Our results indicate conflicting perceptions toward the specific program used to facilitate the development of the knowledge tool (Loom). Clinicians indicated that they would have preferred additional support to ensure that they were participating ‘correctly’. Further, clinicians also expressed that they did not fully understand how their participation would influence the final knowledge tool. A recent mixed-methods study by Roberge-Dao et al. (2019), aimed to understand the experiences of partnerships between researchers and rehabilitation clinicians participating in iKT projects within a university in Quebec, Canada [23]. This study reviewed 53 rehabilitation-oriented iKT projects aiming to translate knowledge to improve patient health outcomes and quality of care. Clinicians expressed the need for clear, outlined time commitments, funding, and resources to be discussed and agreed upon a priori to optimize potential participation. Our findings align with those of Roberge-Dao et al., as clinicians appeared to lack a comprehensive understanding of their role and its impact on the care pathway development.

Further in-depth analyses of end-users’ experiences are required to substantially inform iKT research; to improve the quality of the collaboration by ensuring end-users feel they were able to participate in the research to the fullest of their capacity [5, 41,42,43]. Our analysis of clinician experiences contributes to addressing this knowledge gap by demonstrating relationships between clinicians’ experiences and their perceived roles and responsibilities. Future research should consider comparing the experiences of multiple stakeholder groups.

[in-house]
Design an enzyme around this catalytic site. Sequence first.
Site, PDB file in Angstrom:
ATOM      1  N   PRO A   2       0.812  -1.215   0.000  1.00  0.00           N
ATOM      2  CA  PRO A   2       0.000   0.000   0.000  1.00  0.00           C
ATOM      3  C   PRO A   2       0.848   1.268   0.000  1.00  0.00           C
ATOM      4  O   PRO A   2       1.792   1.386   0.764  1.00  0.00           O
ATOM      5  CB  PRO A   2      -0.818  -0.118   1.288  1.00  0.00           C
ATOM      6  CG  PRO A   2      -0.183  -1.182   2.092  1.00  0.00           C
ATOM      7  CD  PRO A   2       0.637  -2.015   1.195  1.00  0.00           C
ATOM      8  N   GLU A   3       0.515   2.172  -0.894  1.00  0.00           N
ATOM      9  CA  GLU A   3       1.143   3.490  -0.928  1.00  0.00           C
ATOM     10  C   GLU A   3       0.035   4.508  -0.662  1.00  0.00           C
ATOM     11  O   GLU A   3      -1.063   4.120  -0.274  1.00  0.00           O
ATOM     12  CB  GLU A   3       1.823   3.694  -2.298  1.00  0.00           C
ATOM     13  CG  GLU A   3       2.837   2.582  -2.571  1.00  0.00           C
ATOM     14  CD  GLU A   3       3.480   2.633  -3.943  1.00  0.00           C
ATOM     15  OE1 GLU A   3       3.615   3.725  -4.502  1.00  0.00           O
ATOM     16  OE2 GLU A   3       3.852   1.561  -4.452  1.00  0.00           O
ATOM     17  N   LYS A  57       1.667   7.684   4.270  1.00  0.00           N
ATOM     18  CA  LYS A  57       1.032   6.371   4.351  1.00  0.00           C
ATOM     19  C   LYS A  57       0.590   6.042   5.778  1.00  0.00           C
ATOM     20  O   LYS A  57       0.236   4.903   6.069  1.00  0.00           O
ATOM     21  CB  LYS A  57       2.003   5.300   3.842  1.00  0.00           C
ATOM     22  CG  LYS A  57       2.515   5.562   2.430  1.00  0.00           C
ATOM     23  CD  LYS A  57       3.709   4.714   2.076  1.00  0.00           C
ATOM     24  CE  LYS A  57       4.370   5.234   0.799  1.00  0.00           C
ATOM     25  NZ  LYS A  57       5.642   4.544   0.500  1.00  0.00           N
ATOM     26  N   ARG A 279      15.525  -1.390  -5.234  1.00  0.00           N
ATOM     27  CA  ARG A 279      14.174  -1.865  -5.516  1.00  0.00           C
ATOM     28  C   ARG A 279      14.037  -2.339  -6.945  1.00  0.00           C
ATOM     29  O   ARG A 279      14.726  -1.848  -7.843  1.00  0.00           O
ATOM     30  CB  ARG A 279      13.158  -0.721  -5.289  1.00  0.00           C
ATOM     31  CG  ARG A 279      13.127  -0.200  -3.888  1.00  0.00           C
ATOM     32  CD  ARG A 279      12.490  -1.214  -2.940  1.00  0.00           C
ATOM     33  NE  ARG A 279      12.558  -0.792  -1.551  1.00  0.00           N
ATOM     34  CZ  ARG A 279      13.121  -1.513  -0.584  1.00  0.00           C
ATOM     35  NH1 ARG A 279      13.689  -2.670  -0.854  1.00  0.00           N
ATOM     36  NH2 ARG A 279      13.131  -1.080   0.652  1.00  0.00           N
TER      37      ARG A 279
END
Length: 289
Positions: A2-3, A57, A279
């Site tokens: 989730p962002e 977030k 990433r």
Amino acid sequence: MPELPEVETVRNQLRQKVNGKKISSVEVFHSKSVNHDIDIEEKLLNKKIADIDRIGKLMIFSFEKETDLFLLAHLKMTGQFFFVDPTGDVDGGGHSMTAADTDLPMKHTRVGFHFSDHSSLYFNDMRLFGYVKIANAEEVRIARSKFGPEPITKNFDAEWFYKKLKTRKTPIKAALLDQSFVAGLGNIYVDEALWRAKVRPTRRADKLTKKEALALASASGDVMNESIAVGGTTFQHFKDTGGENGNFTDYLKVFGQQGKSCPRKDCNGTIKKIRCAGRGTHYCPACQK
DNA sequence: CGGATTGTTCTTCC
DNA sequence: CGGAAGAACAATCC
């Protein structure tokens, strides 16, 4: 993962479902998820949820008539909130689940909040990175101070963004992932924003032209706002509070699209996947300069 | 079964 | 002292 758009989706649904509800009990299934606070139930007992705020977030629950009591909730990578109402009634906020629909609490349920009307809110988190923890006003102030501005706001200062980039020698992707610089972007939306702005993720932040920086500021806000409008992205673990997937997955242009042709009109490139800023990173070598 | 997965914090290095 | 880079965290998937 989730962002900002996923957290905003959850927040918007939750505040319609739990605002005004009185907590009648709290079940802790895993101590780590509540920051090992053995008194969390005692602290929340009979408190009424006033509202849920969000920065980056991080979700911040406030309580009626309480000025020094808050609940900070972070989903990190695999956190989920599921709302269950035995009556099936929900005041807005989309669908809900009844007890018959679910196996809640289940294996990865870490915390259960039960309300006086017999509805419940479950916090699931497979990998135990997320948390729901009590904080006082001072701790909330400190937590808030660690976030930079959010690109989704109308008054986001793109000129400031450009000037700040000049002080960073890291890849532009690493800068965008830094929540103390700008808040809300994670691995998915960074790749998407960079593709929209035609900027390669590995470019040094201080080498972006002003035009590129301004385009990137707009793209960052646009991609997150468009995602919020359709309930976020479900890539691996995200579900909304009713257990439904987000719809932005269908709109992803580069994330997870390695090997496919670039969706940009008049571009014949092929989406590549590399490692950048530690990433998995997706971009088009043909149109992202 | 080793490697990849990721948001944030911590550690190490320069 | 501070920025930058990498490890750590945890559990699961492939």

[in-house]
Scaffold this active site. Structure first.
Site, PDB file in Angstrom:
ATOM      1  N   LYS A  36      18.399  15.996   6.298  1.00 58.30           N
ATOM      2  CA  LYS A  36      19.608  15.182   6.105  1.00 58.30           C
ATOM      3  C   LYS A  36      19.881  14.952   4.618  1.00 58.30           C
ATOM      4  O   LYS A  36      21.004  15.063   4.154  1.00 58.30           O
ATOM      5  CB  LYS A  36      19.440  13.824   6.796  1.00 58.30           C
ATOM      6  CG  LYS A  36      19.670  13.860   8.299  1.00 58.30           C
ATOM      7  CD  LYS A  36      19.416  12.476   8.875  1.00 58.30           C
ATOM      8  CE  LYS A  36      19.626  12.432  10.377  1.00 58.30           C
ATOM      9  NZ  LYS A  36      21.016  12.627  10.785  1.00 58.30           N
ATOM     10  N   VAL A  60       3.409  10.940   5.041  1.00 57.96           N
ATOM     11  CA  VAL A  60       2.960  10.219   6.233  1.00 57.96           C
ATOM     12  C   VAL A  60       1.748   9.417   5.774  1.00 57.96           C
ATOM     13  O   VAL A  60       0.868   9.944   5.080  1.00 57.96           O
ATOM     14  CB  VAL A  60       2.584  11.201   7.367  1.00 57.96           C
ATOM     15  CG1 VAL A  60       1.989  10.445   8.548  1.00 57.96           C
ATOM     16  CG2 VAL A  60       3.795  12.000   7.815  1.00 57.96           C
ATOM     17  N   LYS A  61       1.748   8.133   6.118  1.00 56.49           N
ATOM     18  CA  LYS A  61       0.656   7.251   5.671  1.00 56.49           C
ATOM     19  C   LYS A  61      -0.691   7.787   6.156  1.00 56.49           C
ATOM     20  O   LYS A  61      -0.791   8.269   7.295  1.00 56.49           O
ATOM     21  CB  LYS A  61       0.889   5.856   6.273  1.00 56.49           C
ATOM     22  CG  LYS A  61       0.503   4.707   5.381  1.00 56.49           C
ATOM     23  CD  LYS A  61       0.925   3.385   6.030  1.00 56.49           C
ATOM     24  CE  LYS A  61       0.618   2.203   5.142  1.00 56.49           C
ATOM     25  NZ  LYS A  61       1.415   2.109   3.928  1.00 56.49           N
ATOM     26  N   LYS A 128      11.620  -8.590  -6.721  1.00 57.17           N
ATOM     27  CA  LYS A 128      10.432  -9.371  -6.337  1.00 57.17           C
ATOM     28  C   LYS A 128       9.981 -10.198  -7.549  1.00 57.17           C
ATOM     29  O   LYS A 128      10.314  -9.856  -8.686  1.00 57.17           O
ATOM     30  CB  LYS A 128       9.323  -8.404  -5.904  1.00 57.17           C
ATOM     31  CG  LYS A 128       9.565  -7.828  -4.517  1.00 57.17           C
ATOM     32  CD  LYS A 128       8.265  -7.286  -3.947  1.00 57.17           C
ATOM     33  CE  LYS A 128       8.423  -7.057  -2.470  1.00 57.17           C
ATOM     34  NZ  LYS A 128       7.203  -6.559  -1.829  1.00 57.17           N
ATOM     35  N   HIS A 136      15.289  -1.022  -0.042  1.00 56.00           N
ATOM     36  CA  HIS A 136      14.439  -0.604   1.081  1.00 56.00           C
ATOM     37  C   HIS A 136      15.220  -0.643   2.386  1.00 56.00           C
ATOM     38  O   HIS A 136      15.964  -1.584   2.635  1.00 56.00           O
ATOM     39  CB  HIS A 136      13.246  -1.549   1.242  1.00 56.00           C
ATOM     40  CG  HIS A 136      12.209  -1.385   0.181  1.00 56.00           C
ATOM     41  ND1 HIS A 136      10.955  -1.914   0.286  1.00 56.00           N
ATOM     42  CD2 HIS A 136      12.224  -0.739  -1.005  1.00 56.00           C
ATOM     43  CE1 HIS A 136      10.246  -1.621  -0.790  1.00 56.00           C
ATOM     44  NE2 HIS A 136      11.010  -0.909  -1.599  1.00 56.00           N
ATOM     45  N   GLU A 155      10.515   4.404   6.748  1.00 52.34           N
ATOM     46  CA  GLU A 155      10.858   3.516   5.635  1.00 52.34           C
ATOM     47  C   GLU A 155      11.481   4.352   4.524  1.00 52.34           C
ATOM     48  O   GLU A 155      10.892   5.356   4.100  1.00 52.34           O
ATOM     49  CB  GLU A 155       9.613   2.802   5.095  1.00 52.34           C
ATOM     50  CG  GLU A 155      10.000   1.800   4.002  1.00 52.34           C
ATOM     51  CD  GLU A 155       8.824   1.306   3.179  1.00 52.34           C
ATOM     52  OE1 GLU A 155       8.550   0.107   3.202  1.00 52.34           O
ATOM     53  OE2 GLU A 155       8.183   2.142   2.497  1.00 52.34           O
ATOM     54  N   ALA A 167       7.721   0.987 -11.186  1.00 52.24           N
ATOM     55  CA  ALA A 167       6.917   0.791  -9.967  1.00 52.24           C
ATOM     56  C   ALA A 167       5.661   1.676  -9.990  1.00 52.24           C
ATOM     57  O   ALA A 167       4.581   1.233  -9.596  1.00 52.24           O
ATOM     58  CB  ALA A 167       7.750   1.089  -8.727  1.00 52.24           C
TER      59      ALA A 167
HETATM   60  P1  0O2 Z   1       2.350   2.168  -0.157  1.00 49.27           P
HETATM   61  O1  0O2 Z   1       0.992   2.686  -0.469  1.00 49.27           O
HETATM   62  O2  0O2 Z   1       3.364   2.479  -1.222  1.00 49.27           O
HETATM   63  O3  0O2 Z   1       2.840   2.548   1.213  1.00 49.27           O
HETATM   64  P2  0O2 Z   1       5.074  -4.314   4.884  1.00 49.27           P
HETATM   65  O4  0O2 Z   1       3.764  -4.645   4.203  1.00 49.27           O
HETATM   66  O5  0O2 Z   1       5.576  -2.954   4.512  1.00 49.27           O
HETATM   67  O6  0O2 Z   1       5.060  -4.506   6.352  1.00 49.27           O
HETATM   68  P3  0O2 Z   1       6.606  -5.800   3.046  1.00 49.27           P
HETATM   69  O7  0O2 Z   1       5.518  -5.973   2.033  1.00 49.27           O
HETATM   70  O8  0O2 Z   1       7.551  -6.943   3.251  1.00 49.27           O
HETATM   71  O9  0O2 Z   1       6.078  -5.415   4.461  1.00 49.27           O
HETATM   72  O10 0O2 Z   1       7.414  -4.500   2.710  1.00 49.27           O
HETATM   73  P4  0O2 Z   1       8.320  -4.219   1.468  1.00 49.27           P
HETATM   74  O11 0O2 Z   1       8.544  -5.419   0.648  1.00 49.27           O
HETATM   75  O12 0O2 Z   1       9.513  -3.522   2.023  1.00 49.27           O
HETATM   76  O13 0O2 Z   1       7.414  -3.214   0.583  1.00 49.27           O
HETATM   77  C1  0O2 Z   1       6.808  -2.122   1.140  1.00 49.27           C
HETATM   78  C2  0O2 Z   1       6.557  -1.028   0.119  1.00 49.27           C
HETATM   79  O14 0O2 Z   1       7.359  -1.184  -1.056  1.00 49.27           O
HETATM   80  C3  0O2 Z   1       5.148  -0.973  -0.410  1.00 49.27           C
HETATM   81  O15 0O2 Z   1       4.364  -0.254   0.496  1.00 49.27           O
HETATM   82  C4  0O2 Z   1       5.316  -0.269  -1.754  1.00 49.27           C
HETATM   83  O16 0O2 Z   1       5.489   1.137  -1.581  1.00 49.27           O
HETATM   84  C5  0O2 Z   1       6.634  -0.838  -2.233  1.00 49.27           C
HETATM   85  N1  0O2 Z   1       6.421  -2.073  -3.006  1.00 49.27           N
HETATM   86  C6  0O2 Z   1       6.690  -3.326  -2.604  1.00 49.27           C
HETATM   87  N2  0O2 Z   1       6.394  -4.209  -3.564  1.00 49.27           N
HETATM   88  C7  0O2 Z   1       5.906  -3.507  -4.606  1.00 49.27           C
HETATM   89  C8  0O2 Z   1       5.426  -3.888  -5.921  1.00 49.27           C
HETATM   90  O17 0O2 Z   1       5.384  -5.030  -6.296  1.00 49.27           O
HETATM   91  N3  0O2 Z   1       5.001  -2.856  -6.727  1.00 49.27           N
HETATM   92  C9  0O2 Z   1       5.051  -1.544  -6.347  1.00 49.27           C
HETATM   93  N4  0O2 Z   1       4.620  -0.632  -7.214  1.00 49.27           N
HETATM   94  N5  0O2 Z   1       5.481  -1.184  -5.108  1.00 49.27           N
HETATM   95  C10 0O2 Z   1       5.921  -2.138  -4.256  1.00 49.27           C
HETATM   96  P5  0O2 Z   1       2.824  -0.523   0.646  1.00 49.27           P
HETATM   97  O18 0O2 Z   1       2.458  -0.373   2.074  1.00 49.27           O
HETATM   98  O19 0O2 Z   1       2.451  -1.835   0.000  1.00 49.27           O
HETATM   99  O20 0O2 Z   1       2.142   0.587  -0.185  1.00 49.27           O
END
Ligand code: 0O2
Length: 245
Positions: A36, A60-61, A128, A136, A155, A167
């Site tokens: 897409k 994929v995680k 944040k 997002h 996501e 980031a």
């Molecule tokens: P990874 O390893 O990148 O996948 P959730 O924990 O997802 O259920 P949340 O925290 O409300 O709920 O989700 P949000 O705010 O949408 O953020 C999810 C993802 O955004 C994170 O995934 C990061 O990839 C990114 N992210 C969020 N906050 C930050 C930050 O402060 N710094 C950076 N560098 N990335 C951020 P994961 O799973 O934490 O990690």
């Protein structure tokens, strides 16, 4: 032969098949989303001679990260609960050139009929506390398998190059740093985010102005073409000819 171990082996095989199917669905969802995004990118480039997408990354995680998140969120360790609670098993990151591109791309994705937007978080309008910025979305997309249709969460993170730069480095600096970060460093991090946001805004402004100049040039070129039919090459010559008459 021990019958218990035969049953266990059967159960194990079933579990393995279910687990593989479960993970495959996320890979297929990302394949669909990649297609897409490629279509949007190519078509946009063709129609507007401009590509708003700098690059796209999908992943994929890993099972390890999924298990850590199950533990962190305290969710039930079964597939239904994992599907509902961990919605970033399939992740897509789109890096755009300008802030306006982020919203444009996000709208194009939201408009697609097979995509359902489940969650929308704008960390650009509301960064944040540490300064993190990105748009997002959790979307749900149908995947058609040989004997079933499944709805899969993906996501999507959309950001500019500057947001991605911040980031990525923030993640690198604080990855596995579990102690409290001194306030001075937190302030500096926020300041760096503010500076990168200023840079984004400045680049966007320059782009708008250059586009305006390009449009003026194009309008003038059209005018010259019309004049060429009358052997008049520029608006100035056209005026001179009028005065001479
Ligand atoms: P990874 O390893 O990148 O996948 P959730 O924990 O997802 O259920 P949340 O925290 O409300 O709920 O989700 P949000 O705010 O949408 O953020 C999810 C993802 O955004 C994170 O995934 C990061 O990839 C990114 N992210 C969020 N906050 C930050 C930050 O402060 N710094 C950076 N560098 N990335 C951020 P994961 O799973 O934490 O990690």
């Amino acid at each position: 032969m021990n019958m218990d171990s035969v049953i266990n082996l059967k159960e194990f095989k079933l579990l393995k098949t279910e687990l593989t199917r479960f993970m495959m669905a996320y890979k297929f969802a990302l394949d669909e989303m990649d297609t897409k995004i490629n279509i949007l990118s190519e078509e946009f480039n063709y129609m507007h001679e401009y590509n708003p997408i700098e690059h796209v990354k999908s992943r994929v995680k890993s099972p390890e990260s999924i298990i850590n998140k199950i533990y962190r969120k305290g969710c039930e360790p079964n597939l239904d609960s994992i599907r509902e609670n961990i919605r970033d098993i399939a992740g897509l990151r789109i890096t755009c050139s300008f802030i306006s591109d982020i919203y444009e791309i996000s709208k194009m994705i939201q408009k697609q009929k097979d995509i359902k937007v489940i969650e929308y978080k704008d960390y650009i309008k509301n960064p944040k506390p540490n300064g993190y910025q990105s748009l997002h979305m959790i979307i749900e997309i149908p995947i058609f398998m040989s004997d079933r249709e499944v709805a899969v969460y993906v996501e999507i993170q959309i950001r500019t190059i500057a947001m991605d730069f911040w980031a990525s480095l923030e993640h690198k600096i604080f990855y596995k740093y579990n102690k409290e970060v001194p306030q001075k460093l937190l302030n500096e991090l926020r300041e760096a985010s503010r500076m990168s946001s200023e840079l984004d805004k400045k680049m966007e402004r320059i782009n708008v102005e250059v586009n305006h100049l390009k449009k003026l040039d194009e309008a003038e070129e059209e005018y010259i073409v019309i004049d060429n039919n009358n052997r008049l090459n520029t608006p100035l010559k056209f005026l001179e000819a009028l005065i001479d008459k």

With regard to clinician-perceived roles and responsibilities of end-users, clinicians indicated a number of stakeholder groups that would add value to research and knowledge development of this nature; further, a comprehensive end-user group would be optimal. Clinician participation unveiled strategies for dissemination such as using continuing education platforms, improving awareness, sharing resources equally, and improving buy-in. While not explored in depth, tension appeared between clinicians and researchers regarding their roles and value to the research. Future studies should consider exploring this paradigm as a barrier to participation.

Interrelated Themes

Themes appear closely integrated between both study aims. By juxtaposing the thematic maps, we formed a multidimensional analysis of the experience of clinicians’ participation and the conceptual roles and responsibilities of end-users. Therefore, we can more clearly interpret the breadth of participation achieved and components requiring refinement. Interrelatedness was also present between stakeholder groups and dissemination strategies, whereby specific stakeholders may be integral to the success of certain strategies (e.g., educators improving awareness). Participation experiences appear to optimize clinician roles and responsibilities by identifying barriers and enablers of engagement. Additional connections and interpretations may still exist. For example, the experiences of other stakeholder groups, such as educators or patients, may further our ability to optimize their roles and responsibilities leading to more targeted and fruitful dissemination. Overall, our interrelated analysis appears to depict the intertwined relationship between stakeholders and dissemination.

Recommendations for improving the experience of end-user participation

  1. 1.

    Ensure instructions and time commitment required of end-users is well understood prior to participation.

  2. 2.

    Encourage end-users to explore how their individual skillsets can meaningfully inform the project objectives.

  3. 3.

    Clearly demonstrate the value end-user participation will have on the overall project outcomes.